Exactly three years after the killing of Cecil the lion sparked outrage among the American public, one more U.S. trophy hunter is making international headlines for killing an imperiled animal -- this time a giraffe. The news of this hunt comes just weeks after another American killed a lion, alleged to be Skye, a male dominant lion, also in South Africa.

The hunter who shot the giraffe in South Africa and posted photos of herself, grinning, next to the dead animal, evoked reactions raging from disbelief to anger in the media and on the internet.

“I didn’t even know people hunted giraffes,” said Gayle King, cohost of the CBS Morning Show.

While most of us are reacting from the gut to this crude display of animal cruelty, the hunt also exposes the callous disregard the American trophy-hunting universe, led by hunting groups like Safari Club International, has for the conservation status of animals whose numbers are rapidly declining and who are at serious risk for extinction.

While habitat destruction, poaching and ecological changes are all to blame for this decline, American trophy hunters have played an important role as well. Almost 4,000 giraffe trophies were imported into the United States between 2006 and 2015 – that is more than one giraffe killed by an American every day.

In an assessment published in 2016, the International Union for Conservation of Nature (IUCN) determined that wild giraffe populations have plummeted about 40 percent over the last 30 years in what some call a “silent extinction” – a term evoked by the fact that a giraffe cannot make a sound even when he is in danger. The giraffe species is assessed as “vulnerable” on the IUCN Red List of Threatened Species and two of the animal’s nine subspecies are assessed as “endangered.” There are now less than 100,000 giraffes in Africa -- far fewer than even elephants.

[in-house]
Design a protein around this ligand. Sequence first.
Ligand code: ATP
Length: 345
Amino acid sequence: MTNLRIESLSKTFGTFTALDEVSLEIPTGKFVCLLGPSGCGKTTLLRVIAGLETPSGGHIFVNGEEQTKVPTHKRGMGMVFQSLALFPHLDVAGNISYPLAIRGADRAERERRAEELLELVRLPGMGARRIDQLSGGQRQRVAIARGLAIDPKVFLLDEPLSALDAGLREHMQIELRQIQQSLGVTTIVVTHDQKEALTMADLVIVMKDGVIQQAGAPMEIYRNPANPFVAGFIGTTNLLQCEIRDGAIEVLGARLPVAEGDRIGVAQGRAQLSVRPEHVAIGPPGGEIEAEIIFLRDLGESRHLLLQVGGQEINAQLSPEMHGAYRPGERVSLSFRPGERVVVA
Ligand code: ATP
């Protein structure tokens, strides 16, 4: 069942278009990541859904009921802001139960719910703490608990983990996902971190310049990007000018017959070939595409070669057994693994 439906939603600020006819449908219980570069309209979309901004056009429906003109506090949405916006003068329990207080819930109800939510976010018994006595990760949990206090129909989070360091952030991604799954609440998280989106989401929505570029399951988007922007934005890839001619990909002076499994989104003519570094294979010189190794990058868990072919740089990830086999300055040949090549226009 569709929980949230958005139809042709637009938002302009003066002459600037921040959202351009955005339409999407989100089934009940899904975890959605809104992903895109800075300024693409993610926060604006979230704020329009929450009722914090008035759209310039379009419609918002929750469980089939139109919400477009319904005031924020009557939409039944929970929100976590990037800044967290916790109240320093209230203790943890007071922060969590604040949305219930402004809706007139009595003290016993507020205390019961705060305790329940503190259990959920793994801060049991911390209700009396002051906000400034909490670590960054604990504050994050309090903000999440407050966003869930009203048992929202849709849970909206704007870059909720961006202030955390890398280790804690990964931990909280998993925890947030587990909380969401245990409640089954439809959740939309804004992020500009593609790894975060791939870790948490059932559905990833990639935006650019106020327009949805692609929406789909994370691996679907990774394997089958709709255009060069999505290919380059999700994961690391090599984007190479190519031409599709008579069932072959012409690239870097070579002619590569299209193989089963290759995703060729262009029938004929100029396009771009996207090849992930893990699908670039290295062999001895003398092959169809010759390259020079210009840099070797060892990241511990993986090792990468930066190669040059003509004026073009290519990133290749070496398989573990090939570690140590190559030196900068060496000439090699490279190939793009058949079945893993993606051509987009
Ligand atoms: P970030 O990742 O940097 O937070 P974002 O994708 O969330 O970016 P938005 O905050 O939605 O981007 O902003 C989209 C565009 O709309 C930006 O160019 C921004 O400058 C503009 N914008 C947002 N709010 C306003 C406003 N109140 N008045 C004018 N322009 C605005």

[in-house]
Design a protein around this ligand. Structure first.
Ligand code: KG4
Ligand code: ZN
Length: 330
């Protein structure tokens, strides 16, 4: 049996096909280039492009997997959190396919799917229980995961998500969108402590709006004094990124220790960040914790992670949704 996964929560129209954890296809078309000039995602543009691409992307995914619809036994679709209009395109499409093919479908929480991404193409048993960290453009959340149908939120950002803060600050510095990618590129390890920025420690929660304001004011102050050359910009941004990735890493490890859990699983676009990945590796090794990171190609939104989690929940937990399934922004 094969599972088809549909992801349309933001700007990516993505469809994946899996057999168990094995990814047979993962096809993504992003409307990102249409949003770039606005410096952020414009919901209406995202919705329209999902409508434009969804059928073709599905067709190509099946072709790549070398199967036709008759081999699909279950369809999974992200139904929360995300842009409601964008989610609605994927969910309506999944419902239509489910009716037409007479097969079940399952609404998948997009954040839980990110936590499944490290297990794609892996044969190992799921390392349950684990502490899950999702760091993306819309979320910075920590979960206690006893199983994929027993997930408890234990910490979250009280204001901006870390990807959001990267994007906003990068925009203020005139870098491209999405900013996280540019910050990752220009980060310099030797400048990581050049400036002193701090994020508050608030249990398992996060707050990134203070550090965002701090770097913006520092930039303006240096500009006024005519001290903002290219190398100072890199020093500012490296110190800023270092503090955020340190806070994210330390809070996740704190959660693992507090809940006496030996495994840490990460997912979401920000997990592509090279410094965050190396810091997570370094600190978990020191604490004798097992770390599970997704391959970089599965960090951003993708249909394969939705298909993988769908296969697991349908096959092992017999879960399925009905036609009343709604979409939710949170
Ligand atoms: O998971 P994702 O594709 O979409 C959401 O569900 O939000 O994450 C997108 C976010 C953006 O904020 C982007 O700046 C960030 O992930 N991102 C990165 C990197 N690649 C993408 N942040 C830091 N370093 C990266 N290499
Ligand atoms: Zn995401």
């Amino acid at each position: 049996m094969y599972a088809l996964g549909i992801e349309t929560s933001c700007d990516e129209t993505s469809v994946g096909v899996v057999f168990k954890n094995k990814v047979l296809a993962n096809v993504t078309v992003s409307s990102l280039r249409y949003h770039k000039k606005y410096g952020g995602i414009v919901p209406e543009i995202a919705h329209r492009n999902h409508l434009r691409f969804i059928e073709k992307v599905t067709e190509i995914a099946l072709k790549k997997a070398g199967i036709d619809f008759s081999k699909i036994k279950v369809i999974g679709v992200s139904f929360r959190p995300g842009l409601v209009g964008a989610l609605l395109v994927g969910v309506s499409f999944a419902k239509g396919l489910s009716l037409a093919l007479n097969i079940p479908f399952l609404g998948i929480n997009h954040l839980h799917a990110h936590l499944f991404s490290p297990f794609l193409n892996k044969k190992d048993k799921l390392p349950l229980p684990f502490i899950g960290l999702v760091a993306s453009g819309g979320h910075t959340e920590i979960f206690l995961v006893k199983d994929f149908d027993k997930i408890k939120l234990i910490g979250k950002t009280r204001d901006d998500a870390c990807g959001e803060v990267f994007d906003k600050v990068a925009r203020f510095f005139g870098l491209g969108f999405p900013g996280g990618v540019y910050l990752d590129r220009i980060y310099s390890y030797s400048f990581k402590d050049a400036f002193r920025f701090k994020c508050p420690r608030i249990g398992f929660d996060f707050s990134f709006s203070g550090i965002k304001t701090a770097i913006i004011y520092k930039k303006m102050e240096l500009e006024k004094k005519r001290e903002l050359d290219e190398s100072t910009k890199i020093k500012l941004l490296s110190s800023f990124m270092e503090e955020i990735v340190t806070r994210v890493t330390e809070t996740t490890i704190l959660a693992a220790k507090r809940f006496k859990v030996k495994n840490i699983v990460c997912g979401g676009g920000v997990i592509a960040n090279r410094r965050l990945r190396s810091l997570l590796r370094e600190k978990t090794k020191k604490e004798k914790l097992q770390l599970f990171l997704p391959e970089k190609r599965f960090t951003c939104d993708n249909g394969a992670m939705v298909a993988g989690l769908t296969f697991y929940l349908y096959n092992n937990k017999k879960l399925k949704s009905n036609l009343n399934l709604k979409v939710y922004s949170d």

Last year the Humane Society of the United States, Humane Society International and our conservation partners petitioned the U.S. Fish and Wildlife Service (FWS) to list the giraffe as endangered under the U.S. Endangered Species Act (ESA). If the government moves forward with protections under the ESA, the import, export and interstate sale of giraffe parts would be prohibited in the United States. An ESA listing would also mandate the FWS to demonstrate that the import of giraffe hunting trophies would enhance the survival of the species -- a tall order given the precarious status the species is in.

The American hunter who killed the giraffe is pushing back against the criticism, arguing that the animal she hunted was more than 18 years old and that he had killed three other giraffes. But that argument makes no sense from a conservation perspective. Giraffes have a breeding life span of about 18 years, and bulls are able reproduce right up until their last years. In the wild, displays of dominance determine who will breed, and among giraffes, dominance is achieved through necking behavior which is a critical component of natural selection as it ensures that only the strongest, fittest males will reproduce. If the giraffe killed by this hunter indeed killed three other giraffes, then she just wiped out the strongest and fittest individual from that population, weakening the gene pool.

It is time that we call out trophy hunting as the harmful activity that it is. Hunters who travel across the world are not doing so for conservation but for bagging and bragging rights of animal trophies and for the disgusting thrill of killing exotic species.

Americans have made it clear this week that they do not approve of this unnecessary killing. There has never been a better time for our government to stand tall for giraffes, before these graceful animals disappear forever. You can do your part by asking the U.S. Fish and Wildlife Service to stop the trophy hunting of giraffes by listing them as “endangered” under the U.S. Endangered Species Act.

Protect giraffes under the Endangered Species Act